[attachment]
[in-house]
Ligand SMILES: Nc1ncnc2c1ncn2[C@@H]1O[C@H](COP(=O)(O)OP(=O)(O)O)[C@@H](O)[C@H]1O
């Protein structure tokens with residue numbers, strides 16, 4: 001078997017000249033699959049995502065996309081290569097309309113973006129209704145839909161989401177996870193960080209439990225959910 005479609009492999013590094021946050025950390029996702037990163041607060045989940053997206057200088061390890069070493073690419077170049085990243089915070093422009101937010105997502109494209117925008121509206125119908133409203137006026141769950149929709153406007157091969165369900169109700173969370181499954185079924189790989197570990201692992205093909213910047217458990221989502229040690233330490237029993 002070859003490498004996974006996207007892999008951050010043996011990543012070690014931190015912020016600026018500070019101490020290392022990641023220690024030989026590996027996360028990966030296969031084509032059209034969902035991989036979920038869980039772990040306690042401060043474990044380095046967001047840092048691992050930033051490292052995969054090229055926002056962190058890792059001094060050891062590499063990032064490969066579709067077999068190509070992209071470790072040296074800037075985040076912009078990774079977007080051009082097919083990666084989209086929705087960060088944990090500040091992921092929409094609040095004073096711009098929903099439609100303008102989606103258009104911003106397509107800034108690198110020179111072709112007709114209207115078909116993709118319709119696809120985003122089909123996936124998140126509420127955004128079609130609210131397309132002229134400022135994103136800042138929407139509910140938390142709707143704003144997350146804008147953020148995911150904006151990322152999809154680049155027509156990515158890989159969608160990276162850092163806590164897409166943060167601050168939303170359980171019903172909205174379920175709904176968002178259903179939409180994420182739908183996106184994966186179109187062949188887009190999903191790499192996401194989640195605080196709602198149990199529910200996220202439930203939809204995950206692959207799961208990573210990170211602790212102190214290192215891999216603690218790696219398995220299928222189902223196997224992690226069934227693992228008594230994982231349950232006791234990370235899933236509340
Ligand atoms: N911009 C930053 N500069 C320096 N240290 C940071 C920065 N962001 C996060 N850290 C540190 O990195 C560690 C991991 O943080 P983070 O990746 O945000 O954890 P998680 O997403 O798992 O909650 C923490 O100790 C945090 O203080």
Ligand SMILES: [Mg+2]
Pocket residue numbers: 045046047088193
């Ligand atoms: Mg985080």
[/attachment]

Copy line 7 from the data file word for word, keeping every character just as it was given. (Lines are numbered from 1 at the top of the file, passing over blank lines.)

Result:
């Ligand atoms: Mg985080």